Which camera did I use?  I grabbed the iPhone 6 Plus out of my pocket and shot away.  It captured the color surprisingly accurate and I could easily print a 16×20 image.  If you happen to see this image in our gallery it was photographed a few moments later with a high-end Phase One back with German glass on a technical camera.  It’s the same scene but the high resolution Phase One allows me to print much larger than the iPhone.

The Landscape Photographer’s Biggest Mistakes (and How to Fix Them)

We get it: you find yourself perched on cliff, 50 feet above the most glorious landscape you’ve ever seen, or walking down a cobblestone street with a perfect row of 200 year-old houses. You are in awe, you stop and pull out your camera and shoot what has to be the greatest photograph ever taken. Then you look at it in your camera view/computer/lab and realize the awful truth: That’s not what I saw! That’s not the scene I witnessed! What happened?!

Sound familiar? Yup, happens to us all, but how can you side step this tragedy?

Take Your Time

Allowing yourself plenty of time and plenty of range will drastically change the way you are shooting landscapes. Most beginners believe that you see what the camera sees and unfortunately that is not the case. Make sure you are taking the photo from several different angles to allow yourself plenty to work with while editing and allow the camera to speak. Lighting and composition will change drastically with each shot.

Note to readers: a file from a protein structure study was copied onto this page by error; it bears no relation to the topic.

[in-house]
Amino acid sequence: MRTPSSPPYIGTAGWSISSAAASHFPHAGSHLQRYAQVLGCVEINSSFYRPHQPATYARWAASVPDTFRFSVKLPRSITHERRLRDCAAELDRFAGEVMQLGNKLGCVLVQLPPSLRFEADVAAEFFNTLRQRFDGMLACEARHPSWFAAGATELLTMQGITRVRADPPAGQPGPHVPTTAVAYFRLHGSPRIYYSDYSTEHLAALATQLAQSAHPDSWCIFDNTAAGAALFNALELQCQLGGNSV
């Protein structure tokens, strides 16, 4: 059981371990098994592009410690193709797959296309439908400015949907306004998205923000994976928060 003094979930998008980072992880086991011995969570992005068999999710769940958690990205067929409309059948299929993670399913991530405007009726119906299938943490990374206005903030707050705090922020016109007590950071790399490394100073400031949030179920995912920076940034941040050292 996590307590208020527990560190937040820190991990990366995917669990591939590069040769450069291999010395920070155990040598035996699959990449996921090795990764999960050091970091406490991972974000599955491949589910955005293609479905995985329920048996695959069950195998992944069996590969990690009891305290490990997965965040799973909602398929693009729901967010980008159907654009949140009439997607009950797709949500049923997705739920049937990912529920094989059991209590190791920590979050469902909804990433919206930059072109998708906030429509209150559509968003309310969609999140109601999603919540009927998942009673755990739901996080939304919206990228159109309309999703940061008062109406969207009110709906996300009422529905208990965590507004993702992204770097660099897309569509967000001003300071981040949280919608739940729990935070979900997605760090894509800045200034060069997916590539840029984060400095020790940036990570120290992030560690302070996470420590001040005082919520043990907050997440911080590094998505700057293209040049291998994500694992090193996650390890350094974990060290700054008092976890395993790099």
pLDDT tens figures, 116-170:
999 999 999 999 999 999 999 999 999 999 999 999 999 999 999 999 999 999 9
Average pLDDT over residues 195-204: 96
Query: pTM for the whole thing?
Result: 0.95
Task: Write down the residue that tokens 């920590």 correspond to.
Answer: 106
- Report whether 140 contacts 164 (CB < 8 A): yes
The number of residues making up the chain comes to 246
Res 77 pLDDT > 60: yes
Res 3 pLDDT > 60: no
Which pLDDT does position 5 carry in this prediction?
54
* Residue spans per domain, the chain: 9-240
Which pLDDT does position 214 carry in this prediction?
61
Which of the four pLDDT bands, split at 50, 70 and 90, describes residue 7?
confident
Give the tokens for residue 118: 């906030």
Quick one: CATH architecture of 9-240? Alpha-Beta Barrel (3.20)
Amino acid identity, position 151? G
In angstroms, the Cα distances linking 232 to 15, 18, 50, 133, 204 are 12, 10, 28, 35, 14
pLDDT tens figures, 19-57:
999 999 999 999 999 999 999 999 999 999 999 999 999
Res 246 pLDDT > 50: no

Boys Will Be Boya

Exposure, Exposure, Exposure

Sight is in the eye of the beholder and cameras are no different. While you may see a well lit horizon, your camera may see too much sun, reflections, shadows and other defects that your eyes cannot pick up. Make sure you are shooting at various times of day (peak times will vary by location, but always try for a sunrise/sunset shoot time to allow for the best natural light) and at different angles. Once again, this will allow you some extra working material in post production. And speaking of post production…


Blast of Color on Mt Rainier

Drop The Bias…

You wouldn’t paint your home without going back over it and doing touch ups would you? So why wouldn’t you employ the same techniques with photography? So many artists want raw and untouched, but unfortunately your clients aren’t as interested. That shadow that fell incorrectly across the tree? Get rid of it. That blurred bird that unexpectedly became the focal point? Ditch him. Go over your photographs and understand what you are seeing as a whole photo and what you are wanting to convey to your viewer, are you accomplishing that well?

Blog Post Before and AfterThe Photo As A Whole